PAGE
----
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                                             The Impact of Covid19 on the Cryptocurrency Market
                                                                                      The Impact of Covid19 on the Cryptocurrency Market

The Impact of Covid19 on the Cryptocurrency Market

19 Oct 2020
Reading Time: 4 minutes

Covid19 has taken the world by storm. From a local virus to a global pandemic, it has changed the world in ways that we would never have imagined at the start of 2020. Border closures, lockdowns and curfews, a host of shut businesses, people unemployed, and deaths have really shaken up our outlook on the world. It has had a huge impact on world economies and the monetary world, and the crypto world is no different. However, differing from more traditional financial assets, the effect of the pandemic on the crypto world was not necessarily all negative. Here, we look at how the Coronavirus has made its impact on the cryptocurrency market.

The Volatility of the Crypto World

The cryptocurrency market and coin prices have always been volatile. The fluctuation in the time of Coronavirus, though, has been unprecedented. On CoinMarketCap, the value of digital currencies that were tracked fell from USD 308 billion to USD 118 billion between February and March. Bitcoin, usually touted as a safe-haven asset, dropped from around 10,000 to 4,120 in the same time period.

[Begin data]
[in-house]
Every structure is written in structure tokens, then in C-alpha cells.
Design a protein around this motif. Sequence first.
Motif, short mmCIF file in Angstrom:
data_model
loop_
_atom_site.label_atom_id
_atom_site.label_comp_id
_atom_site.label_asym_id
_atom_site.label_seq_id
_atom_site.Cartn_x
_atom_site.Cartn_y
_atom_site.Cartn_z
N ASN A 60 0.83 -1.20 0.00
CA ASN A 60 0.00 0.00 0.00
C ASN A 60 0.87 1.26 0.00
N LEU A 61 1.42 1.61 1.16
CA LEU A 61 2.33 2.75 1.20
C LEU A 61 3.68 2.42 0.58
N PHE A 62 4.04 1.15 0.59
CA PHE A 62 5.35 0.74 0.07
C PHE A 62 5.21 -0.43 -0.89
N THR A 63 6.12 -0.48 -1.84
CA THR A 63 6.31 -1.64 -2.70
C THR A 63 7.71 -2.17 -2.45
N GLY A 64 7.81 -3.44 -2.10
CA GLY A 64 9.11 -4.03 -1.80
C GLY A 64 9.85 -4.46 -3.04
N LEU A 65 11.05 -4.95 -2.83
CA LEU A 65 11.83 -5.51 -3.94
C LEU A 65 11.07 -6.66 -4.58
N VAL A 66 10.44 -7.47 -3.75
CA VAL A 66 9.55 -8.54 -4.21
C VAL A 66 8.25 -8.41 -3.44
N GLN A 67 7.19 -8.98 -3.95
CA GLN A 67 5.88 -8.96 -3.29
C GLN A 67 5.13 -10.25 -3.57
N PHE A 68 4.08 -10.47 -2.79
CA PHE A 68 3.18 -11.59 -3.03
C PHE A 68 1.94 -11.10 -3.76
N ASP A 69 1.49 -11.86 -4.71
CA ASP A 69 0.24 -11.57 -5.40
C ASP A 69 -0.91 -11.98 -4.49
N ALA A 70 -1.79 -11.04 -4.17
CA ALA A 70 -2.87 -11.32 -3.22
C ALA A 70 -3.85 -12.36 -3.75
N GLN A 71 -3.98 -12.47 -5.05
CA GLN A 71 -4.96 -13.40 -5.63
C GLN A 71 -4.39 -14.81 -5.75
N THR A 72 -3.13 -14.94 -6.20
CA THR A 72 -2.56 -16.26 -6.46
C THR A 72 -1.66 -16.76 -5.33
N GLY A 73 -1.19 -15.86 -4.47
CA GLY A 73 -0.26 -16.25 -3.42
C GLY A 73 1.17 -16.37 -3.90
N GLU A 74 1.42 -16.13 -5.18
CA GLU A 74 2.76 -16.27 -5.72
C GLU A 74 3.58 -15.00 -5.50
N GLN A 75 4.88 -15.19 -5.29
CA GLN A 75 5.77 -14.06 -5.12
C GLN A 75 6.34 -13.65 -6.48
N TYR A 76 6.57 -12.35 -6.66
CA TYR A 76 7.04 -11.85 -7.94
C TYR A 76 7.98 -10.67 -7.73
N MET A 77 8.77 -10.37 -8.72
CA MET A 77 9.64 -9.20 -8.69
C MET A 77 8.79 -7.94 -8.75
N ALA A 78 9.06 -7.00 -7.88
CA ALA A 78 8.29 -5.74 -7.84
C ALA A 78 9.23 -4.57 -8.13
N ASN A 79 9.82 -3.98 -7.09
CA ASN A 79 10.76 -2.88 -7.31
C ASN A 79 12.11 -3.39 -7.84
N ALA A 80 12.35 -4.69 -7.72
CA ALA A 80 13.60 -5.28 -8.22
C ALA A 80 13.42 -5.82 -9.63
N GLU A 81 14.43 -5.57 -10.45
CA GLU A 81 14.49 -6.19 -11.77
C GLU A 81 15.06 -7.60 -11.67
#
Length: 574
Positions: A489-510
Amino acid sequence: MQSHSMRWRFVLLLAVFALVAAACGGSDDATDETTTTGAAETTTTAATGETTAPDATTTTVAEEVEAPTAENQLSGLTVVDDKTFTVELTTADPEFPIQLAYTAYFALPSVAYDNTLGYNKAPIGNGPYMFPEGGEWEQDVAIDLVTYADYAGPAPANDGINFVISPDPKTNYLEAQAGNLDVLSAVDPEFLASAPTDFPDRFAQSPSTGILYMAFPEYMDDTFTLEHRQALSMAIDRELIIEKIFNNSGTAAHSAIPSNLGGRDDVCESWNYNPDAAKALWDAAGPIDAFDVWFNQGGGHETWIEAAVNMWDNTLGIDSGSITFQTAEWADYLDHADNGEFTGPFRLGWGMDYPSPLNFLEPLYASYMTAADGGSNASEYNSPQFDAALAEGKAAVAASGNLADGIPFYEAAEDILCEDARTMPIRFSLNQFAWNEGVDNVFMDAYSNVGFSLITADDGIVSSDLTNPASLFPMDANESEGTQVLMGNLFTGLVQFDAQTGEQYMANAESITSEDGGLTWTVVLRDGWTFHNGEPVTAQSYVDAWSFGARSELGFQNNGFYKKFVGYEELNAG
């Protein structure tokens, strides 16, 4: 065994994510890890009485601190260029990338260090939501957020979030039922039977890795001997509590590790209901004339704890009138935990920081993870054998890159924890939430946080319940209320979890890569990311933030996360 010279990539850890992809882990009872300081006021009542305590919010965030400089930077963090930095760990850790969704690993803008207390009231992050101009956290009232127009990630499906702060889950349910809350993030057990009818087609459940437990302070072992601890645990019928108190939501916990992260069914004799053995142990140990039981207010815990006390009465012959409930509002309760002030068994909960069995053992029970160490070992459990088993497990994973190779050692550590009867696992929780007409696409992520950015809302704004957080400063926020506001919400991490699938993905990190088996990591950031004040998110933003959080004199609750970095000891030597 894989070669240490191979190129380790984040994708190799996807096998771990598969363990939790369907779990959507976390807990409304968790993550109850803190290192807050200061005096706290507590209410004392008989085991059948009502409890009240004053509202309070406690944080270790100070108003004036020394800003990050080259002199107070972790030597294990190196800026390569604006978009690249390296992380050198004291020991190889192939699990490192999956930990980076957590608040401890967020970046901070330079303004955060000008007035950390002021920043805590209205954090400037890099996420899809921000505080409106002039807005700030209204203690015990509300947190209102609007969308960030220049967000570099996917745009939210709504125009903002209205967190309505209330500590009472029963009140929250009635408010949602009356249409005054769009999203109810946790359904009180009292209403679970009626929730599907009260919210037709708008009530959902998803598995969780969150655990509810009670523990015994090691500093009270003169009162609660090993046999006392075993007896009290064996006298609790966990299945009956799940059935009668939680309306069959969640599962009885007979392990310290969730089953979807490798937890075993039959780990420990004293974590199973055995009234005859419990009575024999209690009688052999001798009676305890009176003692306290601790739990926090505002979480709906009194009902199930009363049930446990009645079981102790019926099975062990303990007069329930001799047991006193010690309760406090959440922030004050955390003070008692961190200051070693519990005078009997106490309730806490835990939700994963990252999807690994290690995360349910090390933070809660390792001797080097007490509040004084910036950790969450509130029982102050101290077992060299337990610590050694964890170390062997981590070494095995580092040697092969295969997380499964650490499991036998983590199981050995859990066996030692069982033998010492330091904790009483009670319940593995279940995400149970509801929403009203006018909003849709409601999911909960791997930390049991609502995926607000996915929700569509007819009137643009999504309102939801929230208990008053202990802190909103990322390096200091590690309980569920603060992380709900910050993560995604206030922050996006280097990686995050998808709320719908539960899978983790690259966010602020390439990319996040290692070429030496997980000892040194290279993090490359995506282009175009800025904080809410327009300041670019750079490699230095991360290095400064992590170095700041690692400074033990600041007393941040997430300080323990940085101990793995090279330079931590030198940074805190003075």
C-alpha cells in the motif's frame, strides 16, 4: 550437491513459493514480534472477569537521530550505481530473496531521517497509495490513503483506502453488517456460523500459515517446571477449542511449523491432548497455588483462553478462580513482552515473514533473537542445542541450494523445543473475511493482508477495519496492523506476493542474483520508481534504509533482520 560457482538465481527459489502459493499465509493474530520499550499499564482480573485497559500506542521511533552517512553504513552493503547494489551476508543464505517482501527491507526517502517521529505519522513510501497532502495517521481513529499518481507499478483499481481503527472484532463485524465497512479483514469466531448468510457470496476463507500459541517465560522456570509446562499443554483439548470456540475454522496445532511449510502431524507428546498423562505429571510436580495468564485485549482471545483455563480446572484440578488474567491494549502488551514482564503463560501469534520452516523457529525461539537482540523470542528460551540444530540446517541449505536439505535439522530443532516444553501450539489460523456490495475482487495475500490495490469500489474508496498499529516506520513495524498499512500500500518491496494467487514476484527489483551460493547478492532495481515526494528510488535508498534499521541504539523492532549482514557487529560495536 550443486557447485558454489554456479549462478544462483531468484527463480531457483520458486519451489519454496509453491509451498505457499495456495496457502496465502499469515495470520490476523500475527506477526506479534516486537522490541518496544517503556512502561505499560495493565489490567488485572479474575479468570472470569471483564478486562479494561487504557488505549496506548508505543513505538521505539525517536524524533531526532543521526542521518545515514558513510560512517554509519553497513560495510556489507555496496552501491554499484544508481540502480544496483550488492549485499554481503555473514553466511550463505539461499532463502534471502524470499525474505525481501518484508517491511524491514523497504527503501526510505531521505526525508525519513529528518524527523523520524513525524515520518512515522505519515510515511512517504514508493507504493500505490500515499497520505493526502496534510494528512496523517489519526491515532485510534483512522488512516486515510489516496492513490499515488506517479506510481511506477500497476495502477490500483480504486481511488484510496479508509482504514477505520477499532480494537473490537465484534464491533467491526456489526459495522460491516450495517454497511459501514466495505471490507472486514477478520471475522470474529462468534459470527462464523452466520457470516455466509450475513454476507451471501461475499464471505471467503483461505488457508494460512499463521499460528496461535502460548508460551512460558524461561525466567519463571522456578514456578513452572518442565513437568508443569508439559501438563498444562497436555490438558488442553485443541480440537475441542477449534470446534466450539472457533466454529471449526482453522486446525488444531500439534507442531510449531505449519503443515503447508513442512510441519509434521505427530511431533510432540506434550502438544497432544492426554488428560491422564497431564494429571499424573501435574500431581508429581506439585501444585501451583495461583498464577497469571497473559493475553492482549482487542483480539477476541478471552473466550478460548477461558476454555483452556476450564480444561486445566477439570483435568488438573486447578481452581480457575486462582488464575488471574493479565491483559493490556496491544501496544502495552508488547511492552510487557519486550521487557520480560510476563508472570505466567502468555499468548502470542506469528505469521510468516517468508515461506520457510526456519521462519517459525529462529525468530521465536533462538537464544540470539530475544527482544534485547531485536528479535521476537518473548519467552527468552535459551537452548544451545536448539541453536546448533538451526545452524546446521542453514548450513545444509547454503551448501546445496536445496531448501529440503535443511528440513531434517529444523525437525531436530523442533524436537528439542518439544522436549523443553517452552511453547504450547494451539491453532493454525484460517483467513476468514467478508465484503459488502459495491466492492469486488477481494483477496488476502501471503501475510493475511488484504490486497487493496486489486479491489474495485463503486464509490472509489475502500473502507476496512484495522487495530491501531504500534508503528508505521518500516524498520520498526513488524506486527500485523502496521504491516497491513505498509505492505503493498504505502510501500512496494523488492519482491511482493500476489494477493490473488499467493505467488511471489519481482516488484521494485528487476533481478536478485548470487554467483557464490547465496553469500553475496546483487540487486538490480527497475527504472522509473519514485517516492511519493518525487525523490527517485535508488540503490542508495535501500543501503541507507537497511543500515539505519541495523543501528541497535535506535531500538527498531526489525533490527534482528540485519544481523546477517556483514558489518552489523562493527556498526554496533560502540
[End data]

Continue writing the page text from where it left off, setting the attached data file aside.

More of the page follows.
Similarly, Ether (ETH), the second-largest digital asset by market capitalisation, fell more than 66% between February and March, and XRP, the digital token used on the Ripple network, experienced a drop in the same time frame. So, we can see how at the start of the pandemic, digital currencies and crypto assets moving in the same direction as stocks and more traditional financial currencies. Crypto currency’s, especially Bitcoin, status as safe-haven assets due to its digitization was on the rocks in the first months of the pandemic, and its volatility remained swerving as the financial world moved into more uncertain times.

A Net-Positive?

However, despite a dip in value, cryptocurrency’s trend wasn’t synonymous with the dip in the stock market. While cryptocurrency does follow stock market trends, we can see how it might sometimes diverge while observing crypto during the novel coronavirus pandemic. For example, Binance, the largest cryptocurrency exchange by trading volume globally, recorded a 47.4 percent rise in new investors. The stress put on traditional financial institutions and stock markets seems to be driving people to cryptocurrencies.

We can also see how lockdowns in specific countries, like China and South Korea, impacted the cryptocurrency world a lot more than restrictions in others like Spain or France. This can be owed to the fact that China and South Korea are heavy powers in the crypto world. They collectively own more than 70% of the mining power of Bitcoin. Isolation and quarantine meant lesser movement into mining farms, and prices suffered. Cryptocurrencies may be used as investment options since the trend with the stock market seems to diverge at certain points. This may drive further interest in blockchain technology as well.

Digital currencies have definitely been affected, falling in value and therefore moving in somewhat the same direction as more traditional assets. But it’s not all negative, and there might even be mass adoption of cryptocurrency after this.

Patricia Rabago

Written by Patricia Rabago
on 19 Oct 2020

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